Prospects of sesame farming in dried Barind tract

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RAJSHAHI, July 15, 2018 (BSS)-Large scale farming of sesame can be the
effective means of mitigating the adverse impact of climate change coupled
with the existing drought condition in the vast Barind tract.

Agricultural scientists and researchers opined that prospects of large-
scale sesame farming on the fallow lands are very bright in the drought-prone
area.

Agriculturist Rustam Ali Mondal said more than one lakh hectares of land
remain fallow after harvesting transplanted Aman paddy in the high Barind
tract comprising 10 upazilas of Rajshahi, Chapainawabganj and Naogaon
districts every year.

He said there is an enormous prospect of producing at least one lakh tonnes
of sesame valued at around Taka 300 crore from the fallow lands yearly and
thereby, the country’s demand for edible oil could be fulfilled to some
extent.

Meanwhile, farmers and agriculture officials in the region are expecting a
bumper yield of sesame this season.

Mustafizur Rahman, Additional Director of Department of Agriculture
Extension, said the pollination was well due to favorable weather condition
and the plants are still unaffected by pest attacks or natural calamities.

Most of the plants have already passed the pod formation stage, he added. A
good number of honey farmers set wooden hives alongside the oilseed fields,
and it helped better pollination.

The farmers are showing interest in cultivating the crop on more areas of
lands after getting its bumper yield and good prices in recent years, DAE
officials said.

It requires lower production cost in terms of irrigation, fertiliser and
labour compared to other Rabi crops, and less fertile lands, where other
crops do not usually grow well, can be used for sesame cultivation, they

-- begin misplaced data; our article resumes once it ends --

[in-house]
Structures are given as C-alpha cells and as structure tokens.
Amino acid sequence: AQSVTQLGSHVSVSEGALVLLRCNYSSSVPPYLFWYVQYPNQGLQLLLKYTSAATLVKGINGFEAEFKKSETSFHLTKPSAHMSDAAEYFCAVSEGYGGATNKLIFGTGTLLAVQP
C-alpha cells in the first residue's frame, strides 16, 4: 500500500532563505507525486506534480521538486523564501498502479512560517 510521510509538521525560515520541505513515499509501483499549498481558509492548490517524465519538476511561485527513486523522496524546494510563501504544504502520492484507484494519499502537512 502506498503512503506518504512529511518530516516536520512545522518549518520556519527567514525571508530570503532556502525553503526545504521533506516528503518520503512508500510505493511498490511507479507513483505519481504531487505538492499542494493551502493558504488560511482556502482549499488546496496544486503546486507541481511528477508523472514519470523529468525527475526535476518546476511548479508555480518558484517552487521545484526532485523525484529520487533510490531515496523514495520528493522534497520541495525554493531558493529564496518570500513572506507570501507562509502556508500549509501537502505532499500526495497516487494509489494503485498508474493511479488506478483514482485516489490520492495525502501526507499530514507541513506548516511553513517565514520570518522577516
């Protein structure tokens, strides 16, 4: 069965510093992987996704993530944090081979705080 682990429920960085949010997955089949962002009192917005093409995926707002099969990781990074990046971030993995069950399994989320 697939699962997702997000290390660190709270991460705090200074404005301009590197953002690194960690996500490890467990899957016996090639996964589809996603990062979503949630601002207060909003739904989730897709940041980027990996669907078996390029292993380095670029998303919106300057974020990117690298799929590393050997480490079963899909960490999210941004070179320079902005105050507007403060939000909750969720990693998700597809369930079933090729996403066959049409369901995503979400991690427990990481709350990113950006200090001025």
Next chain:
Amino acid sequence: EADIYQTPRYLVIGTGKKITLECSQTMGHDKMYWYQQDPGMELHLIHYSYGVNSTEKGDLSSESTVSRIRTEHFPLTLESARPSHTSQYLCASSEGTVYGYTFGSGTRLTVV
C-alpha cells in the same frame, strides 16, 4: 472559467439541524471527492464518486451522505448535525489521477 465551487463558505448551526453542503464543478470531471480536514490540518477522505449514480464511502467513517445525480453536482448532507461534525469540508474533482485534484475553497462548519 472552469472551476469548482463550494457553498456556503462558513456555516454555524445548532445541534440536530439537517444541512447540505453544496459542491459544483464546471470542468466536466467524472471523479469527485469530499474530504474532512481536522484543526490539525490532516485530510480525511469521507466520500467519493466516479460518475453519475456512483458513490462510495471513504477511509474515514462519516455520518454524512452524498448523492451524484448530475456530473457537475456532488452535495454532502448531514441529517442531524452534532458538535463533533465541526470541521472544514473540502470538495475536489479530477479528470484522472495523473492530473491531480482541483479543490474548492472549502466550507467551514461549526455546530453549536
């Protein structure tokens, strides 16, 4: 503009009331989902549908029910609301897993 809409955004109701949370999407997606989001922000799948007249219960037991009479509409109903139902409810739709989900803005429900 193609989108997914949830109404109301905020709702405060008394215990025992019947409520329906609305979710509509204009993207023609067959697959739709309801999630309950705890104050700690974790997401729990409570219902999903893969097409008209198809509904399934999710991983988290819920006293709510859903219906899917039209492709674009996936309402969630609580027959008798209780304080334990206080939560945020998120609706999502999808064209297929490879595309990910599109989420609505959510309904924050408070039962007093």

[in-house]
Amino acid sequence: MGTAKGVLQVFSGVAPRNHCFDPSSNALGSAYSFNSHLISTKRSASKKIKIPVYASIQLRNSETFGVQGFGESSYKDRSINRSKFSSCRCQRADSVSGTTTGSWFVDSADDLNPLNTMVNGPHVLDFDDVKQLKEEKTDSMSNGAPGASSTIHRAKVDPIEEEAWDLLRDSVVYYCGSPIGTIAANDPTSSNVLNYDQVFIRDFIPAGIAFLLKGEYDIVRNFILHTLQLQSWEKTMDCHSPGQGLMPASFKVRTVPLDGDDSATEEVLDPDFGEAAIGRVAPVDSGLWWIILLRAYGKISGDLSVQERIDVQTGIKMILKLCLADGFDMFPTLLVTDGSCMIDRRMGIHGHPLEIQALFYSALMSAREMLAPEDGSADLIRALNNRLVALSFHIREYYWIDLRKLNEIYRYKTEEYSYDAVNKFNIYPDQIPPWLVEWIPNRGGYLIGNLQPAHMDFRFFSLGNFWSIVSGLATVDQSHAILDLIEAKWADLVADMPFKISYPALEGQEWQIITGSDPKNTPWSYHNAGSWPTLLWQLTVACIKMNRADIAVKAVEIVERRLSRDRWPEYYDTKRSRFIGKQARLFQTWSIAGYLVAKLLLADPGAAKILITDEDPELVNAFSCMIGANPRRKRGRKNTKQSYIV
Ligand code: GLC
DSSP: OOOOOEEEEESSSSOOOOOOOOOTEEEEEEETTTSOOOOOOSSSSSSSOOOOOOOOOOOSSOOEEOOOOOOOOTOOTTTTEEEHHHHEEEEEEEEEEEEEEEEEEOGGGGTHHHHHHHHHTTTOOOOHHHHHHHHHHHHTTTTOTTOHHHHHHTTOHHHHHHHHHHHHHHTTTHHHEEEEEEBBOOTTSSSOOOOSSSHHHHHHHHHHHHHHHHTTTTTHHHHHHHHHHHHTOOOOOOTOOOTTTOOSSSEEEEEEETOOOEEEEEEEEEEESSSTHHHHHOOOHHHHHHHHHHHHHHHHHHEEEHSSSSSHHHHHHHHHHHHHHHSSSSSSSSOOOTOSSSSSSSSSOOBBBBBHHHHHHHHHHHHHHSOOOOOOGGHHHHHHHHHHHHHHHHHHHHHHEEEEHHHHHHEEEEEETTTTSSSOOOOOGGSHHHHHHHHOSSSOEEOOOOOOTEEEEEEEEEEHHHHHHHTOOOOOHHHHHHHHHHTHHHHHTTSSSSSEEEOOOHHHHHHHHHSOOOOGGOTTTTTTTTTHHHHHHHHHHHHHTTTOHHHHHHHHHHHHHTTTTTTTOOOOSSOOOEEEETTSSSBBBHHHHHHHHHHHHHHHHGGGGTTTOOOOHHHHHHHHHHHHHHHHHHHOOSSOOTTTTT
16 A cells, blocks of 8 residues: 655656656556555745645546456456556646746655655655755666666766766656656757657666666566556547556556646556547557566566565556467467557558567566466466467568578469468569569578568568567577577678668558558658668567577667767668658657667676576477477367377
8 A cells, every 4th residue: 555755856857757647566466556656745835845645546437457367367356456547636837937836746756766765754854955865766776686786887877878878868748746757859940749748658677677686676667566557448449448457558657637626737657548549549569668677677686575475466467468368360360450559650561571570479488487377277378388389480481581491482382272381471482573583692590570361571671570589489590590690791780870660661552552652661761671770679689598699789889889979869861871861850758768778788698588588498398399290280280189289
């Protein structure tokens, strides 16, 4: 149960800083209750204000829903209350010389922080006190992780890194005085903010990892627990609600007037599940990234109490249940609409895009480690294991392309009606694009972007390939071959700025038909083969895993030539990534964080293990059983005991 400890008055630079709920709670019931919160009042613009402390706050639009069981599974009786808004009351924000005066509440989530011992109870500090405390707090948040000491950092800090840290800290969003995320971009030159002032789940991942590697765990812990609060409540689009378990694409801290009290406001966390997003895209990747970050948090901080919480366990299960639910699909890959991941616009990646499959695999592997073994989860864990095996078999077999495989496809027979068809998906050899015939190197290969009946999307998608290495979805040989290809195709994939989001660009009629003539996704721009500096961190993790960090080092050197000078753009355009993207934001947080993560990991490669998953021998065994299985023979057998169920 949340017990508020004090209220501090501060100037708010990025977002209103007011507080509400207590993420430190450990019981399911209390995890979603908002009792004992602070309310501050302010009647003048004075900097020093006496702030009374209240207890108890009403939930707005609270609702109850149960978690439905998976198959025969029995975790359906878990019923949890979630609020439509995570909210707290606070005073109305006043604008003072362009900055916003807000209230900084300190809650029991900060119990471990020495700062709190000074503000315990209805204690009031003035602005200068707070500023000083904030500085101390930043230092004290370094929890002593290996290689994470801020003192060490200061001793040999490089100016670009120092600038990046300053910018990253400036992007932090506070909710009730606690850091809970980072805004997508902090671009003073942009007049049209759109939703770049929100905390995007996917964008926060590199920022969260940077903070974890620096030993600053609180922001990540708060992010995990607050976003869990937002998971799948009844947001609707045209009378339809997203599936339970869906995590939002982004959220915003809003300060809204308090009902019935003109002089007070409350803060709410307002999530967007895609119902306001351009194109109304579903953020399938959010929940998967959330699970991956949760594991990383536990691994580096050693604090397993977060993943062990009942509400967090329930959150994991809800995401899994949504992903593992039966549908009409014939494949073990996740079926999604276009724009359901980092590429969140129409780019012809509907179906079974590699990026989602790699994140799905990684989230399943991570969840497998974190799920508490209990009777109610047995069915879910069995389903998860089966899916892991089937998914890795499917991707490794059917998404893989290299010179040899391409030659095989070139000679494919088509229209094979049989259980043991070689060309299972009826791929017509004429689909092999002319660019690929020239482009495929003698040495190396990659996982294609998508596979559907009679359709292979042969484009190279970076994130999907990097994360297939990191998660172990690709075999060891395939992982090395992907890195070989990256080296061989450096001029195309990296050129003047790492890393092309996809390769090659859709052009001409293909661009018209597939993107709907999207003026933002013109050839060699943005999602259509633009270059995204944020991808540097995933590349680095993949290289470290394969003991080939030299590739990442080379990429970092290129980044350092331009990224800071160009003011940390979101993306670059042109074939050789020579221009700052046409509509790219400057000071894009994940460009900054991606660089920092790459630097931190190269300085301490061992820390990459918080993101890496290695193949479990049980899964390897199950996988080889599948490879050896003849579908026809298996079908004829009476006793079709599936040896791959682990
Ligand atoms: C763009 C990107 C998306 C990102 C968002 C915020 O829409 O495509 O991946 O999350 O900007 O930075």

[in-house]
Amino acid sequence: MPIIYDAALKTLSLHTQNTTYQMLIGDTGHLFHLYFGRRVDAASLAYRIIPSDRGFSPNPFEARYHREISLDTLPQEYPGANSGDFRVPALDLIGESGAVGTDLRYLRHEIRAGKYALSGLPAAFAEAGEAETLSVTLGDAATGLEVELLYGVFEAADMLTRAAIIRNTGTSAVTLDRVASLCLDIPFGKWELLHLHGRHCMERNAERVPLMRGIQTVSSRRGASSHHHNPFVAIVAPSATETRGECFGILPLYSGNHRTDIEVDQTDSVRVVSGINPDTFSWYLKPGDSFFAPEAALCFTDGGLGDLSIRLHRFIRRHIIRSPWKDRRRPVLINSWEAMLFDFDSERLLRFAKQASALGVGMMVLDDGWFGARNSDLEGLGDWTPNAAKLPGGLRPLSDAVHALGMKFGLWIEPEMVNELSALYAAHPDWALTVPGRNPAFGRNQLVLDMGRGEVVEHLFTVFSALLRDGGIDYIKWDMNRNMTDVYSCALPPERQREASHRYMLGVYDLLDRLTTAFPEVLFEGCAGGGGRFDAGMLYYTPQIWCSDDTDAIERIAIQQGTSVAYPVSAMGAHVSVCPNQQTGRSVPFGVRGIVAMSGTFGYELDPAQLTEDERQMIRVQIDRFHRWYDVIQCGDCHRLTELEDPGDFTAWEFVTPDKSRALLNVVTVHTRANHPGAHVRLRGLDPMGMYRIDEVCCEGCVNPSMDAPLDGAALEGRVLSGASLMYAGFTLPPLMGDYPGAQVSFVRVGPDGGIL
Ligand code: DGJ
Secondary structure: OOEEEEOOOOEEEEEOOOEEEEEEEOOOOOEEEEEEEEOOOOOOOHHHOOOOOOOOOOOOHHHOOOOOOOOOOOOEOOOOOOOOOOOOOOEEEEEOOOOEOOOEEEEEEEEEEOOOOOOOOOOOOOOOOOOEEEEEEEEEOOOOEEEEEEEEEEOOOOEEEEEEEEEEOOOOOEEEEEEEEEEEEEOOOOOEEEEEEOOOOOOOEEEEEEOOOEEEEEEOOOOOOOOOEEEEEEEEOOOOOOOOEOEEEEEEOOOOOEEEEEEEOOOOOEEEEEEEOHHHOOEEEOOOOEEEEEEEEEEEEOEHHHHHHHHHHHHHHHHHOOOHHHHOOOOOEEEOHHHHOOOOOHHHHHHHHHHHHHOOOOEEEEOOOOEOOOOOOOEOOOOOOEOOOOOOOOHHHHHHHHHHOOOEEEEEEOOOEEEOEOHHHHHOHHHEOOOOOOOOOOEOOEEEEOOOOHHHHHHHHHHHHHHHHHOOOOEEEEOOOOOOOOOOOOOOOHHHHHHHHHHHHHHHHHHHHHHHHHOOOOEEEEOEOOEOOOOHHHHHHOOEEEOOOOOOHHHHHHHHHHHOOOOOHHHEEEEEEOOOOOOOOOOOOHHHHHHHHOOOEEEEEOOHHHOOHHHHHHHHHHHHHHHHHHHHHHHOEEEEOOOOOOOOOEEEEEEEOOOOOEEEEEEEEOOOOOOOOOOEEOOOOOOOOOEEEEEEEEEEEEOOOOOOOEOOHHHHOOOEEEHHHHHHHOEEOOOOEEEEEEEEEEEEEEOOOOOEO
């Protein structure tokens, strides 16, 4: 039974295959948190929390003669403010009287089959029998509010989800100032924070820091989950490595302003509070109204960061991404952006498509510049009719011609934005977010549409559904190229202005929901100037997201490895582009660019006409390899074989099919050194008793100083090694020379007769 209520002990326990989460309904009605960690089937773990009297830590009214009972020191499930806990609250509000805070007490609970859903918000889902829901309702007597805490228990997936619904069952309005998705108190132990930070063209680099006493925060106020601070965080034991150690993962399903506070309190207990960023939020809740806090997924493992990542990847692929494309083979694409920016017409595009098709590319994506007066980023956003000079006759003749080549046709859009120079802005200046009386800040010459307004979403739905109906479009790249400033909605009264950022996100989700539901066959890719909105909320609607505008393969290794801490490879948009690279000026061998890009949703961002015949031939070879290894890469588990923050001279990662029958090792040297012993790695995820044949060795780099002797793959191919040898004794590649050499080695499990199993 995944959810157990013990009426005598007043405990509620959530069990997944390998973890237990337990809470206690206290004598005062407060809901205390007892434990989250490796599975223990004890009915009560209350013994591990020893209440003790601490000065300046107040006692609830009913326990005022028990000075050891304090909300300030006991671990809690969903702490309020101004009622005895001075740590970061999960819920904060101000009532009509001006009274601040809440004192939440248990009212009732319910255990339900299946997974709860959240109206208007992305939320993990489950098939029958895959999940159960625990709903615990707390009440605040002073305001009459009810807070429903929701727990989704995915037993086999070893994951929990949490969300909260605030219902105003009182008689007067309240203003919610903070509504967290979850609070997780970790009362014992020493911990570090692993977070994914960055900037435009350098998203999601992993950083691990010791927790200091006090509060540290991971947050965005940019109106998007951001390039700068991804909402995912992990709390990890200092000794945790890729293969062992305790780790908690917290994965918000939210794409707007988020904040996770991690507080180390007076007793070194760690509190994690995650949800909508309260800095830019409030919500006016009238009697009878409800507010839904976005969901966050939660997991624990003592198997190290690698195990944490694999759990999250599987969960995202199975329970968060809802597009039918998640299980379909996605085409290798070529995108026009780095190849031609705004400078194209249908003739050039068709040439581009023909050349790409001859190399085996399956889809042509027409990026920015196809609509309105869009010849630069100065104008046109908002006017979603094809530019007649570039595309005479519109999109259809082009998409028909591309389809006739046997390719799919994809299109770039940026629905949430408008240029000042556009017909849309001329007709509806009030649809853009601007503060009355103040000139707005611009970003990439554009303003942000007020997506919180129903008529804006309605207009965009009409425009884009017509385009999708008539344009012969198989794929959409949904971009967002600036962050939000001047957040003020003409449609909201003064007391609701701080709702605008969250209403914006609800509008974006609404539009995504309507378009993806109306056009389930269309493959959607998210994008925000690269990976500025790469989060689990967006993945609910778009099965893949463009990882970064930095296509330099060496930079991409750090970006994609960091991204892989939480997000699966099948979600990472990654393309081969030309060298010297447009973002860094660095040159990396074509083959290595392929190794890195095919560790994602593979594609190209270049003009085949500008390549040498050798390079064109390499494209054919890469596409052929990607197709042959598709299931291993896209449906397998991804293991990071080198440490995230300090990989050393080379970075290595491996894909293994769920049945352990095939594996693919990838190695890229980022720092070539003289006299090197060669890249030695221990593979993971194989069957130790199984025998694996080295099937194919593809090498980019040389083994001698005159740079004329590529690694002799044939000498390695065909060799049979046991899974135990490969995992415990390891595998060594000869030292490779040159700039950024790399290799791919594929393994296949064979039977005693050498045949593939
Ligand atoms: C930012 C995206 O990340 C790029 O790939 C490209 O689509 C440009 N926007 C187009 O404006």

said.

Usually farmers in the district grow local variety T-6 sesame. Bari Til-3,
Bari Til-4 and Bina Til are also being cultivated in some areas as the DAE
authorities are campaigning for cultivating high yielding sesame varieties
invented by Bari between the gaps of potato and Aman paddy.

Sesame requires 70-80 days for attaining maturity and mid-February to mid-
May is the optimum period for its cultivation.

Shah Jahan Ali, 45, a farmer of Premtali village in Godagari upazila, said
he cultivated sesame on one bigha of land last year spending Tk 700 and got
four maunds of yield.

“That time I made a profit of Tk 6,500. This season I cultivated sesame on
two bighas of land,” he said.

Cultivation of sesame, requiring moderate irrigation only once, is easier
and less costly than other crops but brings good profit, said Aminul Islam ,
55, a sharecropper of Kakonhat village under the same upazila.

“Sesame farming between the gap of potato and Aman paddy cultivation
periods helps earning additional money. It also makes the soil fertile,” said
Rabiul Islam, who cultivated sesame on 1.5-bigha of land.

“We are motivating the farmers towards boosting sesame cultivation through
the best uses of modern technologies in the area,” said Dr Shakhawat Hossain,
Senior Scientific Officer of On Farm Research Division (OFRD) under
Bangladesh Agriculture Research Institute (BARI).

To this end, a project titled “Extension of Sesame Farming in bed-planting
method in drought-prone area in climate changed situation” is being
implemented.

He says there is no alternative to bring diversity in cropping system in
the changed climatic condition and urged the farmers to extend their
cooperation to sesame promotion in the dried area.

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